Workers Struggles: Asia, Australia and the Pacific


Thai textile workers fight company attacks

More than 300 women sacked by Thai Durable Textile's (TDT) plant in Bangkok, are continuing a three-month protest outside the company's gates and Government House to demand reinstatement. The women, most of whom are members of the TDT labor union, were dismissed without compensation, for taking strike action.

When Thailand's textile industry was hit by the recession three years ago, TDT workers consented to do unpaid extra duties, to take a 50 percent wage cut and forgo bonuses. Management promised to restore the lost conditions and reward workers when the crisis eased.

When the company's financial situation substantially improved last year, it refused to honour its promise and insisted that the workforce continue under existing conditions. After prolonged negotiations, over 1,000 workers began strike action in June and picketed the factory.

The company retaliated by sending more than 100 thugs to attack the picket line. Local police, who refused to acknowledge workers' complaints against the company, later used tear gas to disperse 1,500 workers who had come from other plants to back the strike.

TDT's Human Resources manager issued a statement denying any violence by the company's thugs and claiming that union members had committed an act of “illegal defiance” by persuading other workers not to enter the plant. The company then filed four charges against the workers in the criminal and civil courts and demanded they pay eight million baht compensation for production losses. TDT is also suing for four million baht in compensation for water and electricity that the company claims strikers used during the protest.

As the protest drags on, the women are suffering increased hardship. Many have had to take children out of school because they can no longer afford the fees. Others are unable to buy basic food items such as milk powder for young children.

Meanwhile, textile workers from another company staged a protest march this week over the failure of Thai Iryo Textile to pay entitlements when it shut the Pathum Thani plant. The demonstrators say management reneged on a promise to pay by September 15.

Jakarta authorities prepare to suppress protests

Government authorities in Jakarta are gearing up to suppress strikes and demonstrations over a 12 percent fuel price rise to be implemented on October 1. A government spokesman said: “We all know that fuel hikes are a sensitive issue that can lead to social unrest.”

A meeting at City Hall this week, attended by representatives of the police, military and the Land Control Transport Agency, discussed plans to maintain transport and the flow of fuel, kerosene and food. Extra police will be on duty to guard government buildings, business centres, offices and gas stations. They have been ordered to work closely with the private security forces to deal with protestors.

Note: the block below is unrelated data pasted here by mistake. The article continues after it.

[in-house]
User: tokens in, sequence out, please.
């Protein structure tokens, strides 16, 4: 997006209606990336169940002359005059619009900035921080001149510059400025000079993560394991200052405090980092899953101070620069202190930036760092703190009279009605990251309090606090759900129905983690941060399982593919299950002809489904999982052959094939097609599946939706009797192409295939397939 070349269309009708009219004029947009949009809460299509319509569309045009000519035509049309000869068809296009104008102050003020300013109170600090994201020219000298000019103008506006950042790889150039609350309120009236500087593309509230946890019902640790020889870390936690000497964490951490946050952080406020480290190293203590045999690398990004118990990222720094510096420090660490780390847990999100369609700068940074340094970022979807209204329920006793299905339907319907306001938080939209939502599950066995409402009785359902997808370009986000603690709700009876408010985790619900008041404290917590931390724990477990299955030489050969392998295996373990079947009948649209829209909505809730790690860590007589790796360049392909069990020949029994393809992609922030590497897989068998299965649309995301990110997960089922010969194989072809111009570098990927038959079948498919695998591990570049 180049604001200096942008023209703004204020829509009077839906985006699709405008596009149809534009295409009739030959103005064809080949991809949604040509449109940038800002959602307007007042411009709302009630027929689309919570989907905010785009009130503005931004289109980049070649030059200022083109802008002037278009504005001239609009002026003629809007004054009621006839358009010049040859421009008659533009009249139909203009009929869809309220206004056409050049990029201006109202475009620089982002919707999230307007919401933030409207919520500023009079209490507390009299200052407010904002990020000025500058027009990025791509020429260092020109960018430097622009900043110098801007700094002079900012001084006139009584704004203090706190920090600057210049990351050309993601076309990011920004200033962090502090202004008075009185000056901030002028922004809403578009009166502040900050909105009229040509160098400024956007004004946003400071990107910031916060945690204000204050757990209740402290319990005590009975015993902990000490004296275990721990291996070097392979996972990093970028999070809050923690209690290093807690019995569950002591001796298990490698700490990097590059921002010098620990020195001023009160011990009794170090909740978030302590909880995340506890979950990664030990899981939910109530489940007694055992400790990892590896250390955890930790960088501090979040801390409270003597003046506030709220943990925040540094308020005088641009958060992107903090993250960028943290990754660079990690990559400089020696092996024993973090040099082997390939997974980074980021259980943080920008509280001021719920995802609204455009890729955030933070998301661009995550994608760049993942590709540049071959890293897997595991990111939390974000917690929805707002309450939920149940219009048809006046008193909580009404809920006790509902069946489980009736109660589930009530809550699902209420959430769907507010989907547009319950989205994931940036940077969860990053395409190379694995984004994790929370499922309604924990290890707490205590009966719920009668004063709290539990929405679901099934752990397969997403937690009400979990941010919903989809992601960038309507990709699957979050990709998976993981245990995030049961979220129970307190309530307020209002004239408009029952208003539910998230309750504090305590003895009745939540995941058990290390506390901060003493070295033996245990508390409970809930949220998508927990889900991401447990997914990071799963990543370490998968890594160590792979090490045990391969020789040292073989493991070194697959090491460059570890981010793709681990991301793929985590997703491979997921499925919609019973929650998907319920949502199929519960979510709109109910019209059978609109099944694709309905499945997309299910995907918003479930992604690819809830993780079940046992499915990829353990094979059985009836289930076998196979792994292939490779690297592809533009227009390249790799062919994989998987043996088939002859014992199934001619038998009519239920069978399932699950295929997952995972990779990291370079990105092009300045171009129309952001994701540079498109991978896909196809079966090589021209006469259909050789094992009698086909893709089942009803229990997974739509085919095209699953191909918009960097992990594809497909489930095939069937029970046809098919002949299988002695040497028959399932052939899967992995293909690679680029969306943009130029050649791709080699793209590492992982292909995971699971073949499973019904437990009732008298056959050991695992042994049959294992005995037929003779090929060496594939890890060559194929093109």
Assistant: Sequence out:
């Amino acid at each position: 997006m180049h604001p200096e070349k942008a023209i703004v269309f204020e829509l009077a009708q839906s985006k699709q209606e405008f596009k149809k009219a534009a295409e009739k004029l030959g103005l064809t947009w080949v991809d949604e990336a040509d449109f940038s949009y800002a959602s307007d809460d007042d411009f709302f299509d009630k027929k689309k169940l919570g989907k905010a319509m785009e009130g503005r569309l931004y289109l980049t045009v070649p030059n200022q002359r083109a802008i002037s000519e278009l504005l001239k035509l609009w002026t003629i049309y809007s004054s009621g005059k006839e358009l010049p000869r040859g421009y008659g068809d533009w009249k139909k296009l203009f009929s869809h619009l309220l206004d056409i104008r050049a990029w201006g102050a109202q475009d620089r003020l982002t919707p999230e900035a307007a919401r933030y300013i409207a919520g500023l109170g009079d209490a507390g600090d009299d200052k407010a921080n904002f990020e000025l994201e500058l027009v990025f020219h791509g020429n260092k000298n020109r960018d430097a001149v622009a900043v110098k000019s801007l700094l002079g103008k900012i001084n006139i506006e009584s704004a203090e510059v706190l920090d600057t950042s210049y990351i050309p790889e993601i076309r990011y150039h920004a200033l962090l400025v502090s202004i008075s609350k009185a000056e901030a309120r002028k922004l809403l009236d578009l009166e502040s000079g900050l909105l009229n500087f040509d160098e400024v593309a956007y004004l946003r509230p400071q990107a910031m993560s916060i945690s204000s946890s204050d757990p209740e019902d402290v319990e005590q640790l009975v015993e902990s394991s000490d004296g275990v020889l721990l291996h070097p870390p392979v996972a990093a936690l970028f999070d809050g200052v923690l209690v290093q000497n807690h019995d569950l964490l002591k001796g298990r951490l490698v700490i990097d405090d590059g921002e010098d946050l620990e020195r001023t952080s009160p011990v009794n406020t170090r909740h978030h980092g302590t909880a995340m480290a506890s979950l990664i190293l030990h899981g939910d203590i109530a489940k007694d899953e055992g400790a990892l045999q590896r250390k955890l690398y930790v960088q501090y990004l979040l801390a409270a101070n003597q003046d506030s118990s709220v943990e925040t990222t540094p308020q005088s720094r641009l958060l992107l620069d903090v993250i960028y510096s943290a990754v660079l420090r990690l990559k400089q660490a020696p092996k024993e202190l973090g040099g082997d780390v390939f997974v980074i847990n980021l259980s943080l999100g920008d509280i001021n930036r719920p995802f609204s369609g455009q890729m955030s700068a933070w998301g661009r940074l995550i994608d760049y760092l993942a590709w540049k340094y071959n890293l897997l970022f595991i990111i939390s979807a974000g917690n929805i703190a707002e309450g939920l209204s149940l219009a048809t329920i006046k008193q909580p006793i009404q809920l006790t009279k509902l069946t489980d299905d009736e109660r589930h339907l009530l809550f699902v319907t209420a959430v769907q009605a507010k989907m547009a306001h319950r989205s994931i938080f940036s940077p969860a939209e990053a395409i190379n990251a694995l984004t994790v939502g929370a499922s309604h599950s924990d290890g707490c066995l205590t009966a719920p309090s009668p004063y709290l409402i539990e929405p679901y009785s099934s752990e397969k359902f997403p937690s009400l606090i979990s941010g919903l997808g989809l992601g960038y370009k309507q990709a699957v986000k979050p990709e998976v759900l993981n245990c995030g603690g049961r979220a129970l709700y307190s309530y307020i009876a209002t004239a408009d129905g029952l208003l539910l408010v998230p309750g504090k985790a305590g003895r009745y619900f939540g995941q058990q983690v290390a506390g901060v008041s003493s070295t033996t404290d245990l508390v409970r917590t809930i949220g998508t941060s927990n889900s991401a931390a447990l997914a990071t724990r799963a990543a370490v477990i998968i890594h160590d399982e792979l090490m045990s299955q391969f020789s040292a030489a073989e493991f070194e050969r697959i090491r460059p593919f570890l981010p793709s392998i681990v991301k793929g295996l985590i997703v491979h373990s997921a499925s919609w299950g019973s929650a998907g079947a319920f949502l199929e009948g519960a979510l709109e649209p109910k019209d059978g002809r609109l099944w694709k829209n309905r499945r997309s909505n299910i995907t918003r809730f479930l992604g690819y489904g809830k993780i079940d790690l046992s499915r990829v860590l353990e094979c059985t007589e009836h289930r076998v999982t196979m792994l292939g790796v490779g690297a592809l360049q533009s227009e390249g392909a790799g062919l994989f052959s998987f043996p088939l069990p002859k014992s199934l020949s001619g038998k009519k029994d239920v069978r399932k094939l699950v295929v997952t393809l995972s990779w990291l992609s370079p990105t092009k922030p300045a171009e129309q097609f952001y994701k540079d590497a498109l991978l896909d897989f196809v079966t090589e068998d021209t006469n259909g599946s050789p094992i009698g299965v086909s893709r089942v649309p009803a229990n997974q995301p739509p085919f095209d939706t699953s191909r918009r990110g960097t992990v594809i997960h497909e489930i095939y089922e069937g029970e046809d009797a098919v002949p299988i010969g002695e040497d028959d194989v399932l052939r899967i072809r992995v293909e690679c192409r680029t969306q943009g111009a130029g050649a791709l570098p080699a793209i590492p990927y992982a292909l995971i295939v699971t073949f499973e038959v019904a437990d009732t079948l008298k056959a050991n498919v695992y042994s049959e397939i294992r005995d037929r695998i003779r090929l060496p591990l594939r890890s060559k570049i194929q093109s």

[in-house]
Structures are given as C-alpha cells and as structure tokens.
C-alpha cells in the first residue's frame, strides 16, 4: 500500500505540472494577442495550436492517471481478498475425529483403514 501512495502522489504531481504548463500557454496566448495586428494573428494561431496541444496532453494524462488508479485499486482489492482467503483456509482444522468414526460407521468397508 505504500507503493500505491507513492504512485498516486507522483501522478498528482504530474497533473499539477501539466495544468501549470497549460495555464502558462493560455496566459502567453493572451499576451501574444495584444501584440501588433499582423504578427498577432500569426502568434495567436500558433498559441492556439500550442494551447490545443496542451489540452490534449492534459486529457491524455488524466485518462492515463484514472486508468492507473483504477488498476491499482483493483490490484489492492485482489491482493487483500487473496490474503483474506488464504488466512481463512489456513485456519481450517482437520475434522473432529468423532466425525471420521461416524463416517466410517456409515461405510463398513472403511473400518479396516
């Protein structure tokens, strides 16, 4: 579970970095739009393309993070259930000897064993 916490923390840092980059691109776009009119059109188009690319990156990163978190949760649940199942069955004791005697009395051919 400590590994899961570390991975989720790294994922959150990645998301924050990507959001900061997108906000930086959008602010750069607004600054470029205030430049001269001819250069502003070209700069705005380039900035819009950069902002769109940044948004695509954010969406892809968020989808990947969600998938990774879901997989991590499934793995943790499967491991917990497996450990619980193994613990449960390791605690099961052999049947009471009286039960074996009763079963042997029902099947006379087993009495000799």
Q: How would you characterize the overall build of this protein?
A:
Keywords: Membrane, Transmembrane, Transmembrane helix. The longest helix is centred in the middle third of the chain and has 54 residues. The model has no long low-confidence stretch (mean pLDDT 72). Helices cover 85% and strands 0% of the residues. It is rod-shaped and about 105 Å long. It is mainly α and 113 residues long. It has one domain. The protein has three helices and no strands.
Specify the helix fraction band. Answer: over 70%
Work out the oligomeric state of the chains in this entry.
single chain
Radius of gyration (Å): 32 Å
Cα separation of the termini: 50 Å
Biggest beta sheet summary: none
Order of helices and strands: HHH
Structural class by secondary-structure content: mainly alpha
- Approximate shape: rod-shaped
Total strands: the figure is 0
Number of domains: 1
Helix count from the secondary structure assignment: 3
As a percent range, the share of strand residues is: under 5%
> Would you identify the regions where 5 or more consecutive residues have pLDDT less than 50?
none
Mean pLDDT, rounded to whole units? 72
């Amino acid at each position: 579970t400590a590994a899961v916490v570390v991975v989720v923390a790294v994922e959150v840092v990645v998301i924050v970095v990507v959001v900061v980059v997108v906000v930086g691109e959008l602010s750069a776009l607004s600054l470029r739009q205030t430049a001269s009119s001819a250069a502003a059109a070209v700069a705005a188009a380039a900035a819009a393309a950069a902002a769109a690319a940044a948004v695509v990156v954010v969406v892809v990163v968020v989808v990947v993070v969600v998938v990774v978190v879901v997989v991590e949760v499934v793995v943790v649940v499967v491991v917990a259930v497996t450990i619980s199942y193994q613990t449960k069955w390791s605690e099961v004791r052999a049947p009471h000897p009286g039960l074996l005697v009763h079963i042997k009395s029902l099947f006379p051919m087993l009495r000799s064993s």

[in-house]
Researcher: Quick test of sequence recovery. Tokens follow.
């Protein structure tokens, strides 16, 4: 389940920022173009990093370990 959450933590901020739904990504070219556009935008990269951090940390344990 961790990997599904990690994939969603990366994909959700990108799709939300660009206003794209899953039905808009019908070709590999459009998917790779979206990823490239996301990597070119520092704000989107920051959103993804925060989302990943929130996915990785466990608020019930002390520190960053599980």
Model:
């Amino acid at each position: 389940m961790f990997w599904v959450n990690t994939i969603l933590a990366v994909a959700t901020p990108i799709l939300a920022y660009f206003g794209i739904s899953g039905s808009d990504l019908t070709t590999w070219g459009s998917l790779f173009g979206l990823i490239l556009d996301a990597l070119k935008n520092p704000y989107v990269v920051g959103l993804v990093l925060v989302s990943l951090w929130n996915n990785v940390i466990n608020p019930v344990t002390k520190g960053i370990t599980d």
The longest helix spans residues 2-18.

Petrol companies have made arrangements to deliver fuel directly to businesses experiencing shortages caused by protests and more than 200 private buses will be used to break an expected strike by bus drivers from the city-owned bus company.

Sri Lankan trainee teachers demand the release of fellow student

Students at the government's Teachers Training College in Batticaloa, in war torn eastern Sri Lanka, struck last week to demand the release of a colleague from police custody. The teacher, Chandramohan, was arrested by the police Criminal Investigation Department on suspicion of having connections with the separatist Liberation Tigers of Tamil Ealam (LTTE). He was detained in transit to his hometown of Mullathivu for the second term vacation.

The student council, which has said there is no evidence linking Chandramohan with the LTTE, has reported the arrest to the Anti-Harassment Committee and the Human Rights Commission—two government appointed bodies. Chamdramohan has not been released to date.

Sri Lankan cooperative workers demand salary increment

Workers from a number of co-operatives in southern Sri Lanka demonstrated last week for a 1000-rupee ($US12.80) salary increment. The Co-operative Commission issued a circular ordering a 400-rupee salary increment but many co-operatives have refused to pay, claiming a lack of funds.

The co-operative system in Sri Lanka is a welfare service and was once fully funded by the state. Successive governments have slashed funds to welfare services, including to the co-operatives, in line with the demands of the World Bank and the International Monetary Fund. As a result, many co-operative shops have become unprofitable and fallen into debt.

At the present, the initial monthly salary of a clerk employed by a co-operative, including allowances, is 2,500 rupee ($32) while general hands receive 2,300 rupee ($29) a month. The unions covering co-operative workers have refused to defend members' wages and conditions. Rank and file workers initiated the present campaign.

Indian teachers continue strike over pay